Thank you Mood
M-Plate Pro - a delightful piece of flexibility
I’ve got a few mini-reviews to share over the next few posts but the first one is an elegant blend of simplicity and functionality. CustomSLR has designed a universal tripod plate system that fills a number of needs. First, it supports both the Manfrotto RC2 and Arca-Swiss mounts, and second, it provides several additional attachment points making it easy to add a strap like the BlackRapid RS series or CustomSLR’s own Glide Strap. The plate is made from aluminum and is hard anodized for a superior black finish.
Tony Chor showed me his BlackRapid strap a year or so ago and it is a great way to carry a camera around for long walks but my Arca plate was already using the spot that the strap needed to connect to the camera so I haven’t made the switch to using it. When I saw the M-Plate Pro, though, I knew that the wait was over. Now I can have my plate and carry it comfortably too!
The only downside so far, is when I try to attach a lens with its own lens ring, the ring runs into the extra attachment point but I just need to rotate the lens ring around and it’s not a problem for long.
The M-Plate is available from CustomSLR’s online web store and they ship quickly. If you use either of the supported plate connections, this is definitely worth a look.
Both Sides of the Daisy
Today’s shoot is daisies - Gerbera Daisies to be specific. During a break between shooting to watch the Kentucky Derby, I started thinking about the shots where I was backlighting the flowers or shooting them from behind and then I wondered if I could get a single shot with both the front and the back of the daisy and keep both of them in focus.
I put the flower in a vase, sitting on a mirror. Setting up the angle to see both the back and the front of the flower wasn’t too hard, but getting both the back and the front in focus was trickier. There are a couple of ways to do this, the first is with a wide angle lens. As lenses get wider, it gets easier to get a reasonably close up shot with very deep depth of field but using that in my studio would also end up with a lot of things that need to be cropped out of the shot. The second way is to bracket the focus, taking one shot with the back of the flower in focus and then another shot with the reflection in focus, and then merging them in Photoshop. The second option is what you see above.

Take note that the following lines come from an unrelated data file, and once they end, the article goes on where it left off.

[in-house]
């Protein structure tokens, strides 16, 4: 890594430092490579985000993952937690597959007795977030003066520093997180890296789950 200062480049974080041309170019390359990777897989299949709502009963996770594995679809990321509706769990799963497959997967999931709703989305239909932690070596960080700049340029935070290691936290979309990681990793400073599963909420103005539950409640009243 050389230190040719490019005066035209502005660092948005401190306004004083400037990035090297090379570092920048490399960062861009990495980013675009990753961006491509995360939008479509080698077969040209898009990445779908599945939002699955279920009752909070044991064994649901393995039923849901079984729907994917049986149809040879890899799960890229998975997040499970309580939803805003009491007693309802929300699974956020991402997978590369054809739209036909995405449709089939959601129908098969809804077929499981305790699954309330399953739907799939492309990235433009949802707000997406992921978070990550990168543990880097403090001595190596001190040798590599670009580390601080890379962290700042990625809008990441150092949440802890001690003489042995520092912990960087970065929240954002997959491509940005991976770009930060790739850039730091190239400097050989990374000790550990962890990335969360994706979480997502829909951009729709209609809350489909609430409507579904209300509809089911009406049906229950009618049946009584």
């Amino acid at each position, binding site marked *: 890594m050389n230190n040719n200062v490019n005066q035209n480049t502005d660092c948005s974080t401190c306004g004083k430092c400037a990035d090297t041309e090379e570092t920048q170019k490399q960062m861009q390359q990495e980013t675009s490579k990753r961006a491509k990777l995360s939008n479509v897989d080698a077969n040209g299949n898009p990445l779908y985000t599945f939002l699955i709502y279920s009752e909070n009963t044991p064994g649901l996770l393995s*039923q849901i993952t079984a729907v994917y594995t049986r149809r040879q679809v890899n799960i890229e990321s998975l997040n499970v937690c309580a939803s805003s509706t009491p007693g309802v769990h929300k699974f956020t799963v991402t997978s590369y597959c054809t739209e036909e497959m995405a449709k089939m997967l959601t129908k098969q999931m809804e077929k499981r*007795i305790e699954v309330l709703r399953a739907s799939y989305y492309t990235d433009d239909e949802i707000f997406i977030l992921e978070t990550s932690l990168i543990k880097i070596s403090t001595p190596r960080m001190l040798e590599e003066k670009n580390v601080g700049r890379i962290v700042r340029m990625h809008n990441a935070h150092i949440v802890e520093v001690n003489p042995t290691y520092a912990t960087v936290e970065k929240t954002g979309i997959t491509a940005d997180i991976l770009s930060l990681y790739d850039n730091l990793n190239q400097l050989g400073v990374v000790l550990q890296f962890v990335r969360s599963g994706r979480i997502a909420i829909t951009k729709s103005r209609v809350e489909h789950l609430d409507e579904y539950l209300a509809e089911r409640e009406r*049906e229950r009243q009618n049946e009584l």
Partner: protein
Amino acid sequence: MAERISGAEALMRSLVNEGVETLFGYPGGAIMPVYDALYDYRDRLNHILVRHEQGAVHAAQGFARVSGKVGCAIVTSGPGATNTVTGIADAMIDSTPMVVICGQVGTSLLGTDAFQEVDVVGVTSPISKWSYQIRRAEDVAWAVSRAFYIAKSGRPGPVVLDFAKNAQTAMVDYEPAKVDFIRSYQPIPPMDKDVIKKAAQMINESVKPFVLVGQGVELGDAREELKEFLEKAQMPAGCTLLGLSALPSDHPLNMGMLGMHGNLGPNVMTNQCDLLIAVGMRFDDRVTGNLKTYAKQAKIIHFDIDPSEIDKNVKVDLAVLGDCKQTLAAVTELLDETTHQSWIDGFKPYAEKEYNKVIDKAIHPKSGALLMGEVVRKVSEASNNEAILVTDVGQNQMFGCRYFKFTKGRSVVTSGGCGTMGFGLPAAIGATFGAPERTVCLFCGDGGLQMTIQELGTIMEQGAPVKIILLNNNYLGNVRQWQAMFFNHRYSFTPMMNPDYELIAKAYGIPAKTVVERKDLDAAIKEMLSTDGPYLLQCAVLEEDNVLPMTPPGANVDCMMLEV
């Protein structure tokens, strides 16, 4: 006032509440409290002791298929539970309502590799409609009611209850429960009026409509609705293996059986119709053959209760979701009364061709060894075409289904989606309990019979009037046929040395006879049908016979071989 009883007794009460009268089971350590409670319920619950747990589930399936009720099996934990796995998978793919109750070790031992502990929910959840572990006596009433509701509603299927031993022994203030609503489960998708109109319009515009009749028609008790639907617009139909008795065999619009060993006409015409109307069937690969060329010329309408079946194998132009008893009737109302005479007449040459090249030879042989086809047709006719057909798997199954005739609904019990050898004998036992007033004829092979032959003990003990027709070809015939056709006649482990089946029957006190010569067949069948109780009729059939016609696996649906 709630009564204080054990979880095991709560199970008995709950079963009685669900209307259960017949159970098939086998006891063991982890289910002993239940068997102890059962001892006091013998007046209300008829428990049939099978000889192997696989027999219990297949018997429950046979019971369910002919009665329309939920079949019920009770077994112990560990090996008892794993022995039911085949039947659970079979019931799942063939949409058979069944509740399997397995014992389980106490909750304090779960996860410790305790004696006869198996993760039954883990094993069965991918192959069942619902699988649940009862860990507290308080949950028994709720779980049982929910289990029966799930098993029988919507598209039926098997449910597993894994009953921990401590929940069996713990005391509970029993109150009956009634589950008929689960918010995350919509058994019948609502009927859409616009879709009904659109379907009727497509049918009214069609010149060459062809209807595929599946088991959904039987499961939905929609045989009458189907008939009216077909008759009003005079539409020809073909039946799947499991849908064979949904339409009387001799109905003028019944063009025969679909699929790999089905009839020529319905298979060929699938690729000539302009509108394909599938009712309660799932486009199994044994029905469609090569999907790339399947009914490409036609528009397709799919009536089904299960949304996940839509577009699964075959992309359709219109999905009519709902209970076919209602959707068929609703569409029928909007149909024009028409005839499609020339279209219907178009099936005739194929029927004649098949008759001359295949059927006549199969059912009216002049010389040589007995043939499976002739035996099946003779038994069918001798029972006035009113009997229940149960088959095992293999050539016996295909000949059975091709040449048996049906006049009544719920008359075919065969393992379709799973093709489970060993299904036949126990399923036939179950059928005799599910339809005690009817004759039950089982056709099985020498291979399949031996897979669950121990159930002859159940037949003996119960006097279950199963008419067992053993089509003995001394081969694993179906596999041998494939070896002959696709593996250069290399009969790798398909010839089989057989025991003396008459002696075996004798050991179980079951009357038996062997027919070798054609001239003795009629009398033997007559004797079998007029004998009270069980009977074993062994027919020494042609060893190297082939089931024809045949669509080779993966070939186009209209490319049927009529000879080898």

I kept enough space between the flower and its reflection so doing the merge would be easier. The selection is pretty simple with a reasonably big dark area and the vase is busy enough that it’s not too easy to see where the merge happens in it. Once I had the selection, I just created a layer mask on one of the images and voila! Both sides of the daisy.
Fisheye Lenses - Embrace the Bend
Many people I’ve talked with are pretty binary on fisheye lenses - they love them or they hate them. It is true that the distortion associated with fisheye lenses can be distracting and can easily become the subject of the shot, but fisheye lenses also have the power create a unique view on that subject.
I went to the Skagit Valley Tulip Festival today with a goal - shoot only with the 100mm macro or 8-15mm fisheye lens. I figured I would probably do a lot of macro shots (and I did) but it turned out that my favorite shots from the day were fisheye shots and generally they were all close-ups. The fun part was both embracing the distortion and using the lenses ability to get REALLY close to the flowers while still getting sharp focus.
In the end, a fisheye lens is a great tool for forcing photographers to see things in a new way. Or as some of my throw away shots prove, a great tool for taking pictures of your own feet.